Below is the text of a speech made by Elizabeth Truss, the Secretary of State for the Environment, Food and Rural Affairs, on 3 November 2015 at the launch of Great British Food.
Thanks very much, Sam [Bompas]. It’s fantastic to be here this evening and to see what I hope is the start of a massive campaign to celebrate great British food.
When I was growing up in Leeds, quite often I would be stuck in the city centre next to the bus stop at Briggate and I would look at the Chinese restaurant over the road and the sign in the window, which said: “Enjoy life. Dine here often”.
That just struck me, it’s the philosophy I have now adopted for the way I live, because food is vitally important for all of us. It is what makes us tick, literally, and it is so vital to our lives, wherever we live, however long we live.
And I think it is an important part of our society and our culture. It is fantastic to be here at the first ever Museum of Food and I understand that, Sam, you plan to open this for longer and maybe even find an even more exciting venue in the future for this museum.
But I think the exuberance of this museum, the excitement of this museum, really conveys what it is that is so all-consuming about food. Yesterday, I was photographed in the butterfly enclosure, where I was sat upon by various butterflies as was Sam.
And I am very pleased that they mentioned our National Pollinator Strategy, but it also shows how important food is to our environment and the interaction between food and the environment.
We also have the chocolate room, we have the sensory experiences and also the menus. And if you get a chance, look at the menus that go back to Victorian times or the prisoner-of-war camps.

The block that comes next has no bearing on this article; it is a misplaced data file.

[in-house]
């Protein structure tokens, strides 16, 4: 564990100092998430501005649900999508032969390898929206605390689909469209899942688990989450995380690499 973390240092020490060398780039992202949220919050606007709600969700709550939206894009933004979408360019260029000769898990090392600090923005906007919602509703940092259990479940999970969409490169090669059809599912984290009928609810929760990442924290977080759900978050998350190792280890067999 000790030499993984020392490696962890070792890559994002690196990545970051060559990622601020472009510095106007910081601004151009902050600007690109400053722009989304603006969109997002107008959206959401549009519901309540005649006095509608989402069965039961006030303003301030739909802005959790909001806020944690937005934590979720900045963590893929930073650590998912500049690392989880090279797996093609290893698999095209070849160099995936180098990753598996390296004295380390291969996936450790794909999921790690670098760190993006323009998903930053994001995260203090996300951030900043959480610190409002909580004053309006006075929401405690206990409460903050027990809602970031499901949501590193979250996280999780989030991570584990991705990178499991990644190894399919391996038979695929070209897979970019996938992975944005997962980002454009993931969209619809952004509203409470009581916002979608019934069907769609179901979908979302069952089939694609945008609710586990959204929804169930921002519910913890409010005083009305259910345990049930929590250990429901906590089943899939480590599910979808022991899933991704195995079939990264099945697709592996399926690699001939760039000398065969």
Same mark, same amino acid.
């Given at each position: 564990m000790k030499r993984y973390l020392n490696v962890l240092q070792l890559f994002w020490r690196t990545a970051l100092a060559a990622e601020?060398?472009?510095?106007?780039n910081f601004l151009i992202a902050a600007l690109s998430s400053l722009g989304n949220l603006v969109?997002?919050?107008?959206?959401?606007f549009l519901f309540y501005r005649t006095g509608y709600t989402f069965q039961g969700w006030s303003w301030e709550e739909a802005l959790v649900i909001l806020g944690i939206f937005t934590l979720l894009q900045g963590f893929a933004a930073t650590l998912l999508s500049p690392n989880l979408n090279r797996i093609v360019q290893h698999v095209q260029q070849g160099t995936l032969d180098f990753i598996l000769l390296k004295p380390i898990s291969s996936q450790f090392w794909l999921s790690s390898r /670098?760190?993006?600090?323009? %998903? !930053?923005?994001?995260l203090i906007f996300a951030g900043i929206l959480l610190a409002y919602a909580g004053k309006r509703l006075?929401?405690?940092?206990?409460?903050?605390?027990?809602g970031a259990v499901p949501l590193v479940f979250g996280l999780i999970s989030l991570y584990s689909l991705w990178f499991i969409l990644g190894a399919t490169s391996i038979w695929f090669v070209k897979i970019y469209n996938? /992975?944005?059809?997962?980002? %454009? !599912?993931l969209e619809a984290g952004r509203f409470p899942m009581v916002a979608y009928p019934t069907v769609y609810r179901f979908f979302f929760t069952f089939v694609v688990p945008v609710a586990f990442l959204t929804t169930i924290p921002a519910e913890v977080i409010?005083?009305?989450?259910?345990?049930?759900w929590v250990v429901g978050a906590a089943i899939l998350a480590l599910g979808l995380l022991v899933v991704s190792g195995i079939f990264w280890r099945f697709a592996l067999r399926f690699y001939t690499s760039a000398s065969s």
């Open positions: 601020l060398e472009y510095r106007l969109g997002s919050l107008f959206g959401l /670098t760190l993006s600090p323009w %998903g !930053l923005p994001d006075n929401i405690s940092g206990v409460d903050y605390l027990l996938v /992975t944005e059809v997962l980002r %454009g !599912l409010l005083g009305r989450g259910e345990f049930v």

And we have the Victorian food heroes. I have one here called Agnes Marshall, who was the Victorian Queen of Ices and who is celebrated at this museum.
Now what we are doing today is we are saying that we have fantastic food pioneers who have gone out of their way to transform British food culture.
We are here at Borough Market, which I think is an exemplar of that and I think the canapes have been wonderful this evening.
These people have gone and taken on a culture and they have transformed it. What we want to do is harness those champions and to promote our food and our food culture not just here in Britain but right around the world.
Next week, I’ll be in China with a group of Food Pioneers. But also I think there is a chance to talk more in our own country about what is fantastically special about British food.
Next year’s food campaign is going to involve events, it is going to involve trade missions, pop-ups, even pop-ups in Defra, which we’ll be organising–but also linking together the parts of government that deal with food, so UKTI on the food promotion side, and Defra on food exports, to create a Great British Food Unit that really is a champion for food right across government.
What we want to do is to challenge people’s perceptions about British food. If you ask people overseas what they think, they will mention fish and chips, that will be the number one thing.
Again, people in Britain are not as proud of our food as maybe we should be. There is massive potential to grow the industry, which is already worth £100bn a year and I want to make sure that we help people understand the opportunities with food—the ability to cook it, the ability to enjoy it and the ability to work in it–today we have the government’s apprenticeships adviser, … we are going to triple the number of apprentices in British food and farming.
But the fact is that British food did go through some Dark Ages between the Victorian pioneers we are talking about and the modern pioneers we are celebrating today.
There was the era of the war and rationing, there was the post-war supply controls that we experienced. There was the food of the 1970s and 1980s, some of which I would rather forget, a lot of which came out of packets. You didn’t quite know if you couldn’t see the label on the packet what was in it.